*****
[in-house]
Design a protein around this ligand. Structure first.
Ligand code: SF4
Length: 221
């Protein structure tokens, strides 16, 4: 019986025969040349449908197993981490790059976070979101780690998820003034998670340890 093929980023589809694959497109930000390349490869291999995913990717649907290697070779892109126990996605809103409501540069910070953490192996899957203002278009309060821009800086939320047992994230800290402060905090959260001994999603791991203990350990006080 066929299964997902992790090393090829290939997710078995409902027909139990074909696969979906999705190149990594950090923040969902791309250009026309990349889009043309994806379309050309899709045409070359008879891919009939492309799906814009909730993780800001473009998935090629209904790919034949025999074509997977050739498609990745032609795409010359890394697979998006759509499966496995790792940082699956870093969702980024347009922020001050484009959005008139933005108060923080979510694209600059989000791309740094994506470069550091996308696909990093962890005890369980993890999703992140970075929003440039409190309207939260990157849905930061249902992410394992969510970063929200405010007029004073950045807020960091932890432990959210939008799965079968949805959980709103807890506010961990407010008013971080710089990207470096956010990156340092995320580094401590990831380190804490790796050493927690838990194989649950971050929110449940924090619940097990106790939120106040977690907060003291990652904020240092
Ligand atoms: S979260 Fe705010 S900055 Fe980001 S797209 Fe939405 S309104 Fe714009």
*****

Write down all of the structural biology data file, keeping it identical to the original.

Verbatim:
[in-house]
Design a protein around this ligand. Structure first.
Ligand code: SF4
Length: 221
């Protein structure tokens, strides 16, 4: 019986025969040349449908197993981490790059976070979101780690998820003034998670340890 093929980023589809694959497109930000390349490869291999995913990717649907290697070779892109126990996605809103409501540069910070953490192996899957203002278009309060821009800086939320047992994230800290402060905090959260001994999603791991203990350990006080 066929299964997902992790090393090829290939997710078995409902027909139990074909696969979906999705190149990594950090923040969902791309250009026309990349889009043309994806379309050309899709045409070359008879891919009939492309799906814009909730993780800001473009998935090629209904790919034949025999074509997977050739498609990745032609795409010359890394697979998006759509499966496995790792940082699956870093969702980024347009922020001050484009959005008139933005108060923080979510694209600059989000791309740094994506470069550091996308696909990093962890005890369980993890999703992140970075929003440039409190309207939260990157849905930061249902992410394992969510970063929200405010007029004073950045807020960091932890432990959210939008799965079968949805959980709103807890506010961990407010008013971080710089990207470096956010990156340092995320580094401590990831380190804490790796050493927690838990194989649950971050929110449940924090619940097990106790939120106040977690907060003291990652904020240092
Ligand atoms: S979260 Fe705010 S900055 Fe980001 S797209 Fe939405 S309104 Fe714009």